By Sharon Holmes
Two young men decided to throw a party. This was no ordinary party; this was a party organized by friends of 14-year-old Endia Martin who refuse to let her life be just another sad statistic of the gun violence that is permeating Chicago.
They decided to come together through an “EndiaWorld FeFe” – basically a remembering party.
While African-American males are derided for being quick to respond to violence with violence, these young men specifically stated, “Just come out and show respect again for Endia. Turn up the right way.”
They decided to honor and mourn their friend peacefully and asked everyone else to respect that.
The site of the party was a park with a basketball court and a huge open field. Although it was supposed to start at 7, very few people were there, but there was a heavy police presence.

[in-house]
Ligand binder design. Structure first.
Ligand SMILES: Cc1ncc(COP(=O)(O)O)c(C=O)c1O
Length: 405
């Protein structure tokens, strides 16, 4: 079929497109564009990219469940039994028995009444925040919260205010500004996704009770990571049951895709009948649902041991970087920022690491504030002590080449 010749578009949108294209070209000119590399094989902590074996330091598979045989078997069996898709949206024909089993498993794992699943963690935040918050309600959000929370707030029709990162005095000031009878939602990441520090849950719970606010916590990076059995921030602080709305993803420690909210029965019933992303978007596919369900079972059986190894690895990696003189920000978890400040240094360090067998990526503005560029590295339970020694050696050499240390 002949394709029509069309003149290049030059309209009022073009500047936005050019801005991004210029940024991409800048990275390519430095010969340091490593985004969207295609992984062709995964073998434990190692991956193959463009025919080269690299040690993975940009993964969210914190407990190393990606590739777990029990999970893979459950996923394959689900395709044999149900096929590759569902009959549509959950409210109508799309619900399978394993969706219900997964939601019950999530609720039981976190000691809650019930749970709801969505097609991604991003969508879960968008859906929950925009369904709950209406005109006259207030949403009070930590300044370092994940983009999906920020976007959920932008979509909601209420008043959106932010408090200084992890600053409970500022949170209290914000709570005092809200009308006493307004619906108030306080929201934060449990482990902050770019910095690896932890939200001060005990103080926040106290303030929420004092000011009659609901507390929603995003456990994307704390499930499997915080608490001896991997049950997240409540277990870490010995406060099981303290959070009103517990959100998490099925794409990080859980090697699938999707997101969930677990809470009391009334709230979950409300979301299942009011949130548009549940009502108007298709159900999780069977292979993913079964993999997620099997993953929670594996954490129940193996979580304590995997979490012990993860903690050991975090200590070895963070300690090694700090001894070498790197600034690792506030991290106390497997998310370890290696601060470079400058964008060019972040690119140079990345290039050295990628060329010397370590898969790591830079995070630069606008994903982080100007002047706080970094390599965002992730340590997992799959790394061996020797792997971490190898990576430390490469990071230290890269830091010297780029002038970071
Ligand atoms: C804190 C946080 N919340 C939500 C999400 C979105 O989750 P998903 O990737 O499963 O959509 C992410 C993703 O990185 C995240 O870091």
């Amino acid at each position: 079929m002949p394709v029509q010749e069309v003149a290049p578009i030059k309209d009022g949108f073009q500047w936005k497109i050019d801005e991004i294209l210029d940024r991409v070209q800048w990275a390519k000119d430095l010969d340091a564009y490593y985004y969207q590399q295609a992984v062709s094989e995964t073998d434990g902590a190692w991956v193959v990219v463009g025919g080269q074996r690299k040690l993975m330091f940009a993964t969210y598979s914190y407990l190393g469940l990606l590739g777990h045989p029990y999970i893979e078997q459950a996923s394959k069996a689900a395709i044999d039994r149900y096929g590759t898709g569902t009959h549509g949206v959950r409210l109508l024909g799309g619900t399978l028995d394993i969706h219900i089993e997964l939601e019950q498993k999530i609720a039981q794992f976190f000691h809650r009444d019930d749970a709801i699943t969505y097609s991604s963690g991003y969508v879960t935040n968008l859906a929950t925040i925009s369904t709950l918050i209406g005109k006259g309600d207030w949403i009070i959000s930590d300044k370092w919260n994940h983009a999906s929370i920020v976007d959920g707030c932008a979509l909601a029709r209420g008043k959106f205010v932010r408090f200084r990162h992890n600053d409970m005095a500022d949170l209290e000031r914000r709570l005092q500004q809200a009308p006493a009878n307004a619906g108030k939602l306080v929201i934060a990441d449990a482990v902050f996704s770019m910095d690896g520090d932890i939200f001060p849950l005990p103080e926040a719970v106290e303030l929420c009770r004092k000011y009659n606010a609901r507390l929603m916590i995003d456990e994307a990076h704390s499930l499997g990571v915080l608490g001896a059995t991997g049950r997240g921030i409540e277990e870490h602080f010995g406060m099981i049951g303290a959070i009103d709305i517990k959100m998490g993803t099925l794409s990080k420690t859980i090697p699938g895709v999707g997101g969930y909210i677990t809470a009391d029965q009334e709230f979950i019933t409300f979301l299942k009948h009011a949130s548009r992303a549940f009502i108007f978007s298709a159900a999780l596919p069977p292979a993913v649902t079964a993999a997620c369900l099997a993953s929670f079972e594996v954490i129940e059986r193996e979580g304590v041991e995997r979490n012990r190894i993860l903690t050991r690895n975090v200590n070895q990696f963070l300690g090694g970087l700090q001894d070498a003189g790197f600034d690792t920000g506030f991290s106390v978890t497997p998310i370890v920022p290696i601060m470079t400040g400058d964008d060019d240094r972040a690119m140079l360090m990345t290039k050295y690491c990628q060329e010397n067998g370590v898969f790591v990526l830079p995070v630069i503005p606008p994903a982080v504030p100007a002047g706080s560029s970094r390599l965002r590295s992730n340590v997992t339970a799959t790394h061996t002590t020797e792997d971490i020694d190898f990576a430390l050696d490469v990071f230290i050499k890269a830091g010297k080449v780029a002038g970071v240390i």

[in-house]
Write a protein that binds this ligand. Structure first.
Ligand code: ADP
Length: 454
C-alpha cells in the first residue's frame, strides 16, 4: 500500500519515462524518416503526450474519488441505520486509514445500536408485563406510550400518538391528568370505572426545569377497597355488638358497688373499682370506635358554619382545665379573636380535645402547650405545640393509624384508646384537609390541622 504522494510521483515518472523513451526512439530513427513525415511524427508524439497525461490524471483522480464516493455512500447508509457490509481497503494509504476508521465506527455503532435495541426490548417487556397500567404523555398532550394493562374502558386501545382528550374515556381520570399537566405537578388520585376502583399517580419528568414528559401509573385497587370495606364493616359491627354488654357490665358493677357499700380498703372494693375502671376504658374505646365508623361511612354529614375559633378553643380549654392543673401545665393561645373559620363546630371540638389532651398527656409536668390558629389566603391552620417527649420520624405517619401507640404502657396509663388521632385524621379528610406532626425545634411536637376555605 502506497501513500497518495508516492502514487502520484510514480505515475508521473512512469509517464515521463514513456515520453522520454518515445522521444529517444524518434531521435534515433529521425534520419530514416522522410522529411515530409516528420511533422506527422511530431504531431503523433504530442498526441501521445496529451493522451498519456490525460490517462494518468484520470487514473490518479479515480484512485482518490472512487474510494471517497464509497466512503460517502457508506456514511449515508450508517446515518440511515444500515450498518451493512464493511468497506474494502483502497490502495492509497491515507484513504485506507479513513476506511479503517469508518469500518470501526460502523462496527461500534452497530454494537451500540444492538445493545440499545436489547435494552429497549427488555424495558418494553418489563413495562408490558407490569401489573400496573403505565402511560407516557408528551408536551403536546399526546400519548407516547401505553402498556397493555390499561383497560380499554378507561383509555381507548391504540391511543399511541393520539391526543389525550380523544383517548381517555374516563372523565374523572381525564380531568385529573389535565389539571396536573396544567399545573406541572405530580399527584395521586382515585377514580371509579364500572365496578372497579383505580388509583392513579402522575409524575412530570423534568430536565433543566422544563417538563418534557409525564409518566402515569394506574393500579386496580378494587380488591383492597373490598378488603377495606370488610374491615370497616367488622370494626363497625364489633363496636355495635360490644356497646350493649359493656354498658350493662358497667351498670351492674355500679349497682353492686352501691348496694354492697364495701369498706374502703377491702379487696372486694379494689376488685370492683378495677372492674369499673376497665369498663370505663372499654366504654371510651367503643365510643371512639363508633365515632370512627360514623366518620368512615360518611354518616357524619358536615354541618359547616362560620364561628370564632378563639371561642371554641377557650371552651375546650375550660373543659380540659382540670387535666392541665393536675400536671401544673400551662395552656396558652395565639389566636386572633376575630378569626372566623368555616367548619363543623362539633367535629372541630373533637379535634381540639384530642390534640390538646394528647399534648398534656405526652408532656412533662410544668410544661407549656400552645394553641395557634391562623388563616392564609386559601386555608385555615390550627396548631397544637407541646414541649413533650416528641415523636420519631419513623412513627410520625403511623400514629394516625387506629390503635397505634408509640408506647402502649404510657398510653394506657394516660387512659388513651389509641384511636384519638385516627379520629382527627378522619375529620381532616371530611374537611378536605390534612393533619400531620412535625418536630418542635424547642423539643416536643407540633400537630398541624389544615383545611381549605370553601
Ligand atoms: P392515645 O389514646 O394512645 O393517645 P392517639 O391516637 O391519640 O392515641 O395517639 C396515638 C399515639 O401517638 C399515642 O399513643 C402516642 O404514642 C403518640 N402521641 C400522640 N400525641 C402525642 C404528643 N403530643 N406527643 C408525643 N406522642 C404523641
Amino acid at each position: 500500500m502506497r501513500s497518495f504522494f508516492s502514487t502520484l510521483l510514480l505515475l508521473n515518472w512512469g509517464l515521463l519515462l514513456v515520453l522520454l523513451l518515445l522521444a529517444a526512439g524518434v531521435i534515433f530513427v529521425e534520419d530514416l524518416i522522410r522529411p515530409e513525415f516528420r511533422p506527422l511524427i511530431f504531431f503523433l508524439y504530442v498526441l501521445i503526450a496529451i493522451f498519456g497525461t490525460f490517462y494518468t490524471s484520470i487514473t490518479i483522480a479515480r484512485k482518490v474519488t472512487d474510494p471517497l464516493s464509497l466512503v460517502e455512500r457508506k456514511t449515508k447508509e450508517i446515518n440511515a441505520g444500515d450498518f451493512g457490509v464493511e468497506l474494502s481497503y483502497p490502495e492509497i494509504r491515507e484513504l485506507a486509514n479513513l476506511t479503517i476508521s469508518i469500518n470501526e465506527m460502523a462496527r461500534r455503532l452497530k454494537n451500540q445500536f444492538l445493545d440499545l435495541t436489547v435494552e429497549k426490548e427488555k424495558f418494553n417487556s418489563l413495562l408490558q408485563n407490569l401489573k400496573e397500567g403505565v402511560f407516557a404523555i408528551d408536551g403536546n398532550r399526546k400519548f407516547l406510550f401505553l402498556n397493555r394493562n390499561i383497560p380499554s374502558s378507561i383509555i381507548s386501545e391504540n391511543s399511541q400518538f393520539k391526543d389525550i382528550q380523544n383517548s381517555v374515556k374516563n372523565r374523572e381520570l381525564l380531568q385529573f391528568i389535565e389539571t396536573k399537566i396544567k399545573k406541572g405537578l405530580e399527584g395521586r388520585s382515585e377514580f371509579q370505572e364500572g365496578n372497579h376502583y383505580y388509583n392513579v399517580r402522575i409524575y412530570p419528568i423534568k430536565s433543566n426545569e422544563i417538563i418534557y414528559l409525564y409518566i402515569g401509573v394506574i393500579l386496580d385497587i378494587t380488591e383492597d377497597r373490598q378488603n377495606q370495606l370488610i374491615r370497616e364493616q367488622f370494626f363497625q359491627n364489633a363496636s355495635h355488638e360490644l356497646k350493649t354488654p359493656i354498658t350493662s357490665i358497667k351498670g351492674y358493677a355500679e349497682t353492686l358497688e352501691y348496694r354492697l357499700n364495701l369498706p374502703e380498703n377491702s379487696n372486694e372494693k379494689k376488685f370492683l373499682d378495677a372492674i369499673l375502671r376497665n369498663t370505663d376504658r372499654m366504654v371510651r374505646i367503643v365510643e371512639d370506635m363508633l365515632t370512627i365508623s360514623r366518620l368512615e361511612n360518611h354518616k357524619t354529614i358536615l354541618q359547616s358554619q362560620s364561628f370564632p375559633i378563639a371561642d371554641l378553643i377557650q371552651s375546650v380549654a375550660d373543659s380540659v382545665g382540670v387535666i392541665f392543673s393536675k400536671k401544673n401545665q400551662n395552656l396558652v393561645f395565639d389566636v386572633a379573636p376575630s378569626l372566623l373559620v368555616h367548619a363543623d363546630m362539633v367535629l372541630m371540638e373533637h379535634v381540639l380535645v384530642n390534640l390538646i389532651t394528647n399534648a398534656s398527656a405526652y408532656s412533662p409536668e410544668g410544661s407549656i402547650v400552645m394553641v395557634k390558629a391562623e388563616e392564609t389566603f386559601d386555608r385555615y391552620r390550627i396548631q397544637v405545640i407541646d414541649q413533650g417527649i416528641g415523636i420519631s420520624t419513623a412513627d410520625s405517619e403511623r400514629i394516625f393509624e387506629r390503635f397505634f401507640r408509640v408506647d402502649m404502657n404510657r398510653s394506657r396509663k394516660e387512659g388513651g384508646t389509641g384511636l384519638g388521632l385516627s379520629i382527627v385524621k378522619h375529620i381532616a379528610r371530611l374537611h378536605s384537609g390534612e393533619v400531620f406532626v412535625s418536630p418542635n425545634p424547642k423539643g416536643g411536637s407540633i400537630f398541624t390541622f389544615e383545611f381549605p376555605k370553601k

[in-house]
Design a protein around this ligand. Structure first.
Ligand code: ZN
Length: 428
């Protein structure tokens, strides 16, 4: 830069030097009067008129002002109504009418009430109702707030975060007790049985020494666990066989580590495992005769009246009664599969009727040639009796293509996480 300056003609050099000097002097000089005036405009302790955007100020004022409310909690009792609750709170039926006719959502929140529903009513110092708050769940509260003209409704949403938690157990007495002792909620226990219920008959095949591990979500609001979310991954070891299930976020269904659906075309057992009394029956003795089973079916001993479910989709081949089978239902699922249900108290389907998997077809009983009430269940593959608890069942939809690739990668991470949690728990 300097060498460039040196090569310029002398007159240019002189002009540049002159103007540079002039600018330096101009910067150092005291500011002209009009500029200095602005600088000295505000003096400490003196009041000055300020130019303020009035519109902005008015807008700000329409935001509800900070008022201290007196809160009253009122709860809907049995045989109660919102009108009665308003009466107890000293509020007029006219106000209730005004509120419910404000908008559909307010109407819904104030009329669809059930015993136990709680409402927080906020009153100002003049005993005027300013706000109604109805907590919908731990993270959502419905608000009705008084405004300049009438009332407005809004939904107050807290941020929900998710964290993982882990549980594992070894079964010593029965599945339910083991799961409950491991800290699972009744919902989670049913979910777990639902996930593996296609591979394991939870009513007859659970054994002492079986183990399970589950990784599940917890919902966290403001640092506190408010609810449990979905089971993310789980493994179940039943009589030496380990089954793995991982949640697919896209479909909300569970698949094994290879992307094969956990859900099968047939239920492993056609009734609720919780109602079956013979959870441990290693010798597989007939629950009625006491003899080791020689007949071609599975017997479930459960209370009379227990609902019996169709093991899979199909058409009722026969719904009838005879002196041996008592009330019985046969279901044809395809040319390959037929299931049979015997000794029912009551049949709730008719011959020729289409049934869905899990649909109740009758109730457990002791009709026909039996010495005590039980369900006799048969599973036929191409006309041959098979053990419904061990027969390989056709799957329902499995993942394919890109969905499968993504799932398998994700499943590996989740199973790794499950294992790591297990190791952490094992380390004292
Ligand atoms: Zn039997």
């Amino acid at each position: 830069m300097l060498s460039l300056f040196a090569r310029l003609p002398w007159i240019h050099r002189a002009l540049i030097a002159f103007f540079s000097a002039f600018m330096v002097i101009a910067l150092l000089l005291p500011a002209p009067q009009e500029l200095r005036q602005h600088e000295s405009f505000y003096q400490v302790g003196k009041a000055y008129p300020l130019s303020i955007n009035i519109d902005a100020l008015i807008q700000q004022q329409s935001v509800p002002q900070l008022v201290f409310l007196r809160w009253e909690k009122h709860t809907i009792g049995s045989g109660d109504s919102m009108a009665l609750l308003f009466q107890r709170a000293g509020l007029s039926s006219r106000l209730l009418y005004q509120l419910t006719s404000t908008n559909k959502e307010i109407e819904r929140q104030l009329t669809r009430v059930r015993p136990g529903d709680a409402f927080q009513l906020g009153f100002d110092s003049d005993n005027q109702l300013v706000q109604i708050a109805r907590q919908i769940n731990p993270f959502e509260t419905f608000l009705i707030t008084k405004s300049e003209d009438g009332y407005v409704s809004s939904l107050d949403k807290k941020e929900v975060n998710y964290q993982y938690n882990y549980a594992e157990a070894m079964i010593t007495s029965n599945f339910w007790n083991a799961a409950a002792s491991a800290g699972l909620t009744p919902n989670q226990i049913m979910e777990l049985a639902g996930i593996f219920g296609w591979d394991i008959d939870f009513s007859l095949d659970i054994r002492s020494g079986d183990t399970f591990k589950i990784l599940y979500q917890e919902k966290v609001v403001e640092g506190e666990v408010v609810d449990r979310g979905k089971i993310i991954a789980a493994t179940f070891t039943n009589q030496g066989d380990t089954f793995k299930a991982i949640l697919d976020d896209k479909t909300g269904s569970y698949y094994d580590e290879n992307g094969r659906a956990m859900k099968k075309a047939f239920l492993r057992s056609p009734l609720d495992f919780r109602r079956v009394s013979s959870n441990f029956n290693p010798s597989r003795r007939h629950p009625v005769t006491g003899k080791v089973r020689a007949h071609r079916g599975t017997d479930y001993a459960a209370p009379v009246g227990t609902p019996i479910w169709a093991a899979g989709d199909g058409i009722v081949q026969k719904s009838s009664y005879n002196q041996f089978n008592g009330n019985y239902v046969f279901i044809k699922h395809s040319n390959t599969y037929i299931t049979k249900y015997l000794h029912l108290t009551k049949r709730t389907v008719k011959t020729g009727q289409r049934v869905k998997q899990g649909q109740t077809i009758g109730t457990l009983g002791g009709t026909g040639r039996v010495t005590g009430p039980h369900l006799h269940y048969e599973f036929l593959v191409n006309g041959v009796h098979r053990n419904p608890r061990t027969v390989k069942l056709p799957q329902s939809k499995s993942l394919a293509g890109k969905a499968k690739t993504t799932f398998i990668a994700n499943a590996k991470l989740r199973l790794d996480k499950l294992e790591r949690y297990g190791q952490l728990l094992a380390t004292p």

Boys on the court played ball and ignored the police who slowly rode by every 10 minutes or so. Even when the police drove their patrol cars on the field and illuminated the court, the boys played on without looking their way.
The boys who were not playing flirted awkwardly with the girls who lined the court waiting for the party to start.
As the clock pushed toward 8 p.m., more people started arriving, most of them teenagers; a lot of them had on T-shirts or sweaters emblazoned with Endia’s pictures.
Because purple was Endia’s favorite color, it was featured prominently on many of the shirts that declared “EndiaWorld,” “EndiaGang” or “Long Live Tiny” (Tiny was one of Endia’s nicknames).
Even as more people arrived, the mood of the crowd never changed. These kids just wanted to have a peaceful night and remember their friend.
There were no fights; there were no arguments; there was no disrespect. There was an overwhelming sense that everyone was on their best behavior because not to be would be a direct insult to Endia’s memory.
Something amazing happened on the South Side of Chicago last Saturday. Two young men proved that 100 black kids can come together with no adult supervision and not a single bullet ring out or a single punch be thrown.
Two young men proved that violence does not have to be answered with violence. Two young men proved that Chicago is not “Chiraq.”